In addition, this proposed rule would amend 5 CFR 3201.103, which

generally provides in paragraph (a), with certain exceptions set forth

in paragraph (b), that no FDIC employee, spouse of an employee, or

minor child of an employee may acquire, own, or control, directly or

indirectly, a security of an FDIC-insured depository institution or its

affiliate. The existing regulation at 5 CFR 3201.103(b) provides six

exceptions to that general prohibition: (1) Acquiring, owning, or

controlling securities of certain bank holding companies or their

nonbank subsidiaries that are publicly traded, not primarily engaged in

banking, and exempt from the Bank Holding Company Act; (2) acquiring,

owning, or controlling securities of certain nonfinancial savings

association holding companies; (3) retaining securities of an FDIC-

insured depository institution or affiliate if retention was permitted

under 12 CFR part 336 prior to a certain date, prior to employment with

the FDIC, or when the securities were acquired by a spouse prior to his

or her marriage to the employee; (4) acquiring, owning, or controlling

securities of an FDIC-insured depository institution or affiliate if

acquired by inheritance, gift, stock split, involuntary stock dividend,

merger, acquisition, or other change in corporate ownership, exercise

of preemptive right, or otherwise without specific intent to acquire

it, or if acquired by a spouse or minor child as part of a compensation

package from their employer, subject to certain disclosure and

disqualification requirements; (5) acquiring, owning, or controlling an

interest in certain publicly traded or publicly available investment

funds; and (6) using an FDIC-insured depository institution or

affiliate as a custodian or trustee of accounts containing tax-deferred

retirement funds. The proposed amendment would narrow the scope of

these prohibitions and generally clarify the prohibitions of this

section.

The proposed amendment at Sec. 3201.103(a) would narrow the scope

of the general prohibition concerning ownership and control of a

security by FDIC employees, spouses and their minor children by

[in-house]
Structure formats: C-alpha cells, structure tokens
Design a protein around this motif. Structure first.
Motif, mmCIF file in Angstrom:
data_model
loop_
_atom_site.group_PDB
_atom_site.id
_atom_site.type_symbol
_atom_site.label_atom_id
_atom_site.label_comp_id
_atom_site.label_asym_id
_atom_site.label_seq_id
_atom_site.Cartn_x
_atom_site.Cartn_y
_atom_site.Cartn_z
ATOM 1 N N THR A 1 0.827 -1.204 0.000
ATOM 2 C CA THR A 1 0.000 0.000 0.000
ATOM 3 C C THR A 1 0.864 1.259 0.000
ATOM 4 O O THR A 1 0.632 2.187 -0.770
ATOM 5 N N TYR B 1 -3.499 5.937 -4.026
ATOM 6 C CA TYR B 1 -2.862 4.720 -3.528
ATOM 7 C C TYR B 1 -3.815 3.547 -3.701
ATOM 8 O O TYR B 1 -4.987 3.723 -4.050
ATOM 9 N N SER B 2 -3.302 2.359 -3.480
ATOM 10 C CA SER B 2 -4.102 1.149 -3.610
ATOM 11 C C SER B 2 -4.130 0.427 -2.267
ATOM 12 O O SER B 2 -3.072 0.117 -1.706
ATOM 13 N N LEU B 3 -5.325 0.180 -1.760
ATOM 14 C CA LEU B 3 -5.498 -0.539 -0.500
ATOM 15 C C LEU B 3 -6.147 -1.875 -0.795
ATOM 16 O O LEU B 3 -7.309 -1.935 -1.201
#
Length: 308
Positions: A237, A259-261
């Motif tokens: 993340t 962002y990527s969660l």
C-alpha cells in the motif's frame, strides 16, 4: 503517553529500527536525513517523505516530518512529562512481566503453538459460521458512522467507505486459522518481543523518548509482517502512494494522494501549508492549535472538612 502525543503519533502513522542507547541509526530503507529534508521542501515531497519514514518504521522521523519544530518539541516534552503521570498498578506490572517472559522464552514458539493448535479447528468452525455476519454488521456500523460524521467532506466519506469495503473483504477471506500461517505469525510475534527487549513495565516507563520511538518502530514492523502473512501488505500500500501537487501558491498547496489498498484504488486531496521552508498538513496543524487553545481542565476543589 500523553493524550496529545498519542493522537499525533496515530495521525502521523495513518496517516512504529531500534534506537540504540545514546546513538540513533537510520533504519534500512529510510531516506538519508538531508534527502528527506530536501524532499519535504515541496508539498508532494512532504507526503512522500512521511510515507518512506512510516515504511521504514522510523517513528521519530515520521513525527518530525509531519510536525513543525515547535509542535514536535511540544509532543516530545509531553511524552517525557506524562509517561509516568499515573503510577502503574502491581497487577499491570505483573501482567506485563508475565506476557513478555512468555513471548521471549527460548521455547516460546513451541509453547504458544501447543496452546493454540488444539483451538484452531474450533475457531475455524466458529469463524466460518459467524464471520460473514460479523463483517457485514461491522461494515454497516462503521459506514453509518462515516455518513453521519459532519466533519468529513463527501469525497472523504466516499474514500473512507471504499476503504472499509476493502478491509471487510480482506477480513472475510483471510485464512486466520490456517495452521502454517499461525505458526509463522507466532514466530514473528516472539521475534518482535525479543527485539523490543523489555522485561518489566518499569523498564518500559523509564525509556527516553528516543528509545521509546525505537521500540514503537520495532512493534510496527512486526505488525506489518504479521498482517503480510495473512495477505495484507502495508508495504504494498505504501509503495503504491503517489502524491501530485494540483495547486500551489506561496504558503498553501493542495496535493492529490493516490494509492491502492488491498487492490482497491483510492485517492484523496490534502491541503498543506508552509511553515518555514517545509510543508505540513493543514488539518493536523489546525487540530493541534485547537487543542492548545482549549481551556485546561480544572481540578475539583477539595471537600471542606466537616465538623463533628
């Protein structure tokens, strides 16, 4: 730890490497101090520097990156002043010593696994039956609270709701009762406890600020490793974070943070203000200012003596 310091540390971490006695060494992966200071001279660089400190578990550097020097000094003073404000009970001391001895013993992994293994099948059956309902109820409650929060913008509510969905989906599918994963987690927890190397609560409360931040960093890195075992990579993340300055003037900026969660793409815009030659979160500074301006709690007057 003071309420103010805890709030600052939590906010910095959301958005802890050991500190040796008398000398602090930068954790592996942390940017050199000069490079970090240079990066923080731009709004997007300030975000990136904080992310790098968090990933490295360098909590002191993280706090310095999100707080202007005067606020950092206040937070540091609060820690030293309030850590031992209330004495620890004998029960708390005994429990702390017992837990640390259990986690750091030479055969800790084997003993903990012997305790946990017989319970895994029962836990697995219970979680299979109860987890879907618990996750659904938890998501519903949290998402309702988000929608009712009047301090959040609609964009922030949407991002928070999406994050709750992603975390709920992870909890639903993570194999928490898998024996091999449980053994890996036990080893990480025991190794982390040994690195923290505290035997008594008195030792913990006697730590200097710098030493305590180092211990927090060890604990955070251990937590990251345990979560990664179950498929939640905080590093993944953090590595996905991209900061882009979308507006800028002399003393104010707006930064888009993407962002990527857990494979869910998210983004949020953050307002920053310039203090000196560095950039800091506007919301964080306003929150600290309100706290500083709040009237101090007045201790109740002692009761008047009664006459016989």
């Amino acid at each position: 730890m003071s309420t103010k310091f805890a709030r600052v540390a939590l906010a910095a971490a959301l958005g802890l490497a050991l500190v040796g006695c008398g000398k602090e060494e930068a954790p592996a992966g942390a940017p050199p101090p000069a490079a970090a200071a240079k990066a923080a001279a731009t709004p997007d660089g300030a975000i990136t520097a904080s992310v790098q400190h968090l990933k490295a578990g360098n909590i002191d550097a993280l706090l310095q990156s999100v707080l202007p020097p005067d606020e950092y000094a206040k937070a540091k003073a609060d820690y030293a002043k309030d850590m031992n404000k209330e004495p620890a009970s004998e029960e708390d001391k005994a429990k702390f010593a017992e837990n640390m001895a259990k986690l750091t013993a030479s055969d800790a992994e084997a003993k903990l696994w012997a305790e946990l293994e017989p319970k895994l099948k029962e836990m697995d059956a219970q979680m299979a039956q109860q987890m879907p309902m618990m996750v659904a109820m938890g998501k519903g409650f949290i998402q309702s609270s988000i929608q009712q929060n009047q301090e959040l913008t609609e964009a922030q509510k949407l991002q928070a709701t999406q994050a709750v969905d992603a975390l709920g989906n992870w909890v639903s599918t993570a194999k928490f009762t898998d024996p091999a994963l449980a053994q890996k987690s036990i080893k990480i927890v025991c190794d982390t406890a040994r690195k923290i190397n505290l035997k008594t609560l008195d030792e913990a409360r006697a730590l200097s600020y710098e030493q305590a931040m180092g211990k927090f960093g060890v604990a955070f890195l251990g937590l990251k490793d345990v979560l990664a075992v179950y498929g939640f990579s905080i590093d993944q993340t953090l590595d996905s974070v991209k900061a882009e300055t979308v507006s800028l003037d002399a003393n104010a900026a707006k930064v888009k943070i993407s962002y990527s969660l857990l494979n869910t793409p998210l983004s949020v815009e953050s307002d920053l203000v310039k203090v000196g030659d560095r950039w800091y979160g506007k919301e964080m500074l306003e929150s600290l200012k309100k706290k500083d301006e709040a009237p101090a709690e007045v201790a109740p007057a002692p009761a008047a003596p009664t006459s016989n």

removing the prohibitions on ownership of securities with respect to

insured depository institution affiliates, other than certain holding

companies. The reason for proposing to eliminate other affiliates from

the prohibition is that the potential for a conflict of interest is

generally only present when there is ownership or control of a company

that in turn has control of an insured depository institution.

Affiliates other than holding companies do not own, and generally do

not control, an insured depository institution that is their parent or

sister organization.

The proposed amendment to Sec. 3201.103 would generally prohibit

ownership of a security of, in addition to an FDIC-insured bank or

savings association; a bank holding company that is subject to

supervision by the Federal Reserve Board (FRB); a savings and loan

holding company that is subject to supervision by the Office of Thrift

Supervision (OTS); a financial holding company that is subject to

supervision by the FRB; and a company that (i) owns or controls an

FDIC-insured bank or savings association, (ii) is not an FRB-supervised

bank holding company, an OTS-supervised savings and loan holding

company, nor an FRB-supervised financial holding company, and (iii)

either is primarily engaged in banking or is not publicly traded on a

U.S. securities exchange. These categories, in appropriate cases, cover

companies that control industrial banks.

The proposed amendment of Sec. 3201.103 would also create in

paragraph (b)(1), a specific exception for acquisition, ownership, or

control of securities of a unitary thrift holding company. In addition,

the proposed amendment of the section would reorganize the descriptions